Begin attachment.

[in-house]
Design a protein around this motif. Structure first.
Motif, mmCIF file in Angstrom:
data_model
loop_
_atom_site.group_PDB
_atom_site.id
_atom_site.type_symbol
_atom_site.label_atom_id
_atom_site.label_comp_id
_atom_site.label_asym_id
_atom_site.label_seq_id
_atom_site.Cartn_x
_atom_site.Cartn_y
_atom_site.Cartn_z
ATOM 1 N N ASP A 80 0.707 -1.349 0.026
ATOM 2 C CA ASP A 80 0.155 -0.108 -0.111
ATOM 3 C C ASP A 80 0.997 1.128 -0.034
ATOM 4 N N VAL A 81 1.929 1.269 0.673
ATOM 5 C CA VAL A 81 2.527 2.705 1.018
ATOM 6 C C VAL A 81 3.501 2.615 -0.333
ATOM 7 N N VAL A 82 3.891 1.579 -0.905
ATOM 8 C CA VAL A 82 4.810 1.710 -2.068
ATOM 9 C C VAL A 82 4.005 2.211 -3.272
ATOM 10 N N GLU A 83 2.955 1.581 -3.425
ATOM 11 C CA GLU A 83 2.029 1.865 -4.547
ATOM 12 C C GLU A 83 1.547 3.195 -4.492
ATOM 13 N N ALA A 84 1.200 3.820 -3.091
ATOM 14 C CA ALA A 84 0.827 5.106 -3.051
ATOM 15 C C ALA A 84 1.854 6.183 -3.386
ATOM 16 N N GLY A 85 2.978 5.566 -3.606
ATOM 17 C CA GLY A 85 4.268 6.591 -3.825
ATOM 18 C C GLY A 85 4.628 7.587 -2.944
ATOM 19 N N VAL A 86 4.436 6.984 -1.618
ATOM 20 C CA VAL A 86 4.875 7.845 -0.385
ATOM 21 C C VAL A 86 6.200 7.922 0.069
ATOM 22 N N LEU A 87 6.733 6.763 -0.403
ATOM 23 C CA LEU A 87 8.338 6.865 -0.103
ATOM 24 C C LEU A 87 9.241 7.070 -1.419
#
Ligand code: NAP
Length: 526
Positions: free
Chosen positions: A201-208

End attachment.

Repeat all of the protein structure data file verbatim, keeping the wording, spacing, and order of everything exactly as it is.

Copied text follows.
[in-house]
Design a protein around this motif. Structure first.
Motif, mmCIF file in Angstrom:
data_model
loop_
_atom_site.group_PDB
_atom_site.id
_atom_site.type_symbol
_atom_site.label_atom_id
_atom_site.label_comp_id
_atom_site.label_asym_id
_atom_site.label_seq_id
_atom_site.Cartn_x
_atom_site.Cartn_y
_atom_site.Cartn_z
ATOM 1 N N ASP A 80 0.707 -1.349 0.026
ATOM 2 C CA ASP A 80 0.155 -0.108 -0.111
ATOM 3 C C ASP A 80 0.997 1.128 -0.034
ATOM 4 N N VAL A 81 1.929 1.269 0.673
ATOM 5 C CA VAL A 81 2.527 2.705 1.018
ATOM 6 C C VAL A 81 3.501 2.615 -0.333
ATOM 7 N N VAL A 82 3.891 1.579 -0.905
ATOM 8 C CA VAL A 82 4.810 1.710 -2.068
ATOM 9 C C VAL A 82 4.005 2.211 -3.272
ATOM 10 N N GLU A 83 2.955 1.581 -3.425
ATOM 11 C CA GLU A 83 2.029 1.865 -4.547
ATOM 12 C C GLU A 83 1.547 3.195 -4.492
ATOM 13 N N ALA A 84 1.200 3.820 -3.091
ATOM 14 C CA ALA A 84 0.827 5.106 -3.051
ATOM 15 C C ALA A 84 1.854 6.183 -3.386
ATOM 16 N N GLY A 85 2.978 5.566 -3.606
ATOM 17 C CA GLY A 85 4.268 6.591 -3.825
ATOM 18 C C GLY A 85 4.628 7.587 -2.944
ATOM 19 N N VAL A 86 4.436 6.984 -1.618
ATOM 20 C CA VAL A 86 4.875 7.845 -0.385
ATOM 21 C C VAL A 86 6.200 7.922 0.069
ATOM 22 N N LEU A 87 6.733 6.763 -0.403
ATOM 23 C CA LEU A 87 8.338 6.865 -0.103
ATOM 24 C C LEU A 87 9.241 7.070 -1.419
#
Ligand code: NAP
Length: 526
Positions: free
Chosen positions: A201-208